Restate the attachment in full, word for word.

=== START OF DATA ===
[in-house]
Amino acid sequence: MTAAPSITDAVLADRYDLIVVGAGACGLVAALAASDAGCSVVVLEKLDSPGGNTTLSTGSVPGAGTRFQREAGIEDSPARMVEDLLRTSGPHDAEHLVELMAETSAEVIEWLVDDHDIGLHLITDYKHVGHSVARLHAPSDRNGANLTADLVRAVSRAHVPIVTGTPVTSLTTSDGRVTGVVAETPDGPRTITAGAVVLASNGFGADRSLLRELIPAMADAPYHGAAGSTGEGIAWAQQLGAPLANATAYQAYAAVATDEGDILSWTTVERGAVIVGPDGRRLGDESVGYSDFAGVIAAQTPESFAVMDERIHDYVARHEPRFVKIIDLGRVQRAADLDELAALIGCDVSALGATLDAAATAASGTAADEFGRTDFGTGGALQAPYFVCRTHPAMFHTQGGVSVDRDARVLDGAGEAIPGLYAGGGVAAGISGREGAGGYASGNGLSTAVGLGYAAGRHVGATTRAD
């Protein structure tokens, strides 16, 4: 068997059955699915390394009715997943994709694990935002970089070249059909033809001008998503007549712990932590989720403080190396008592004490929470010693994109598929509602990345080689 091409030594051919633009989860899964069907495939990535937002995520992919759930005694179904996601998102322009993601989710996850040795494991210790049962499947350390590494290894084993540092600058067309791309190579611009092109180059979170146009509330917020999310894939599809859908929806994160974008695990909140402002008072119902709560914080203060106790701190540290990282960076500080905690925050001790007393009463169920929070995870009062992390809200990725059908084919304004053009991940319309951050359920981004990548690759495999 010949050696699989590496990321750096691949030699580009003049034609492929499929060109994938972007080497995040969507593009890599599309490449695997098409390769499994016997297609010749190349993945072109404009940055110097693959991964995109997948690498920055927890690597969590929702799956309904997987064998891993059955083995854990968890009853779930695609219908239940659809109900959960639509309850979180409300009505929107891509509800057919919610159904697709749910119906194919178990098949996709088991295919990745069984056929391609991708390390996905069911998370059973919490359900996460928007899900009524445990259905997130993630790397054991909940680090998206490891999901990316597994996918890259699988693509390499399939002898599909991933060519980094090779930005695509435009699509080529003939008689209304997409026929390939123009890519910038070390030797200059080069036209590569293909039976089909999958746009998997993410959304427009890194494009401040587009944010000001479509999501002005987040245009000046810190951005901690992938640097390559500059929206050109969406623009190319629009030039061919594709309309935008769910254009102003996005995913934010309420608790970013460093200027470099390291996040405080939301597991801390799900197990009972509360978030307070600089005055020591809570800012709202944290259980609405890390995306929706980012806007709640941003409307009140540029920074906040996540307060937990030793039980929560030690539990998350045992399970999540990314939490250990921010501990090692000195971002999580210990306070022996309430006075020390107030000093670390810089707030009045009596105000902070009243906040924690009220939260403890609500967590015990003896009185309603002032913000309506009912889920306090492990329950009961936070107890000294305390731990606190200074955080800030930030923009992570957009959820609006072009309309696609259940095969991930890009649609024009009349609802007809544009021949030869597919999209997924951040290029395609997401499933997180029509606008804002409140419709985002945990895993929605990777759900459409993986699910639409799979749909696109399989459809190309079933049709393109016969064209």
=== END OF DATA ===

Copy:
[in-house]
Amino acid sequence: MTAAPSITDAVLADRYDLIVVGAGACGLVAALAASDAGCSVVVLEKLDSPGGNTTLSTGSVPGAGTRFQREAGIEDSPARMVEDLLRTSGPHDAEHLVELMAETSAEVIEWLVDDHDIGLHLITDYKHVGHSVARLHAPSDRNGANLTADLVRAVSRAHVPIVTGTPVTSLTTSDGRVTGVVAETPDGPRTITAGAVVLASNGFGADRSLLRELIPAMADAPYHGAAGSTGEGIAWAQQLGAPLANATAYQAYAAVATDEGDILSWTTVERGAVIVGPDGRRLGDESVGYSDFAGVIAAQTPESFAVMDERIHDYVARHEPRFVKIIDLGRVQRAADLDELAALIGCDVSALGATLDAAATAASGTAADEFGRTDFGTGGALQAPYFVCRTHPAMFHTQGGVSVDRDARVLDGAGEAIPGLYAGGGVAAGISGREGAGGYASGNGLSTAVGLGYAAGRHVGATTRAD
């Protein structure tokens, strides 16, 4: 068997059955699915390394009715997943994709694990935002970089070249059909033809001008998503007549712990932590989720403080190396008592004490929470010693994109598929509602990345080689 091409030594051919633009989860899964069907495939990535937002995520992919759930005694179904996601998102322009993601989710996850040795494991210790049962499947350390590494290894084993540092600058067309791309190579611009092109180059979170146009509330917020999310894939599809859908929806994160974008695990909140402002008072119902709560914080203060106790701190540290990282960076500080905690925050001790007393009463169920929070995870009062992390809200990725059908084919304004053009991940319309951050359920981004990548690759495999 010949050696699989590496990321750096691949030699580009003049034609492929499929060109994938972007080497995040969507593009890599599309490449695997098409390769499994016997297609010749190349993945072109404009940055110097693959991964995109997948690498920055927890690597969590929702799956309904997987064998891993059955083995854990968890009853779930695609219908239940659809109900959960639509309850979180409300009505929107891509509800057919919610159904697709749910119906194919178990098949996709088991295919990745069984056929391609991708390390996905069911998370059973919490359900996460928007899900009524445990259905997130993630790397054991909940680090998206490891999901990316597994996918890259699988693509390499399939002898599909991933060519980094090779930005695509435009699509080529003939008689209304997409026929390939123009890519910038070390030797200059080069036209590569293909039976089909999958746009998997993410959304427009890194494009401040587009944010000001479509999501002005987040245009000046810190951005901690992938640097390559500059929206050109969406623009190319629009030039061919594709309309935008769910254009102003996005995913934010309420608790970013460093200027470099390291996040405080939301597991801390799900197990009972509360978030307070600089005055020591809570800012709202944290259980609405890390995306929706980012806007709640941003409307009140540029920074906040996540307060937990030793039980929560030690539990998350045992399970999540990314939490250990921010501990090692000195971002999580210990306070022996309430006075020390107030000093670390810089707030009045009596105000902070009243906040924690009220939260403890609500967590015990003896009185309603002032913000309506009912889920306090492990329950009961936070107890000294305390731990606190200074955080800030930030923009992570957009959820609006072009309309696609259940095969991930890009649609024009009349609802007809544009021949030869597919999209997924951040290029395609997401499933997180029509606008804002409140419709985002945990895993929605990777759900459409993986699910639409799979749909696109399989459809190309079933049709393109016969064209």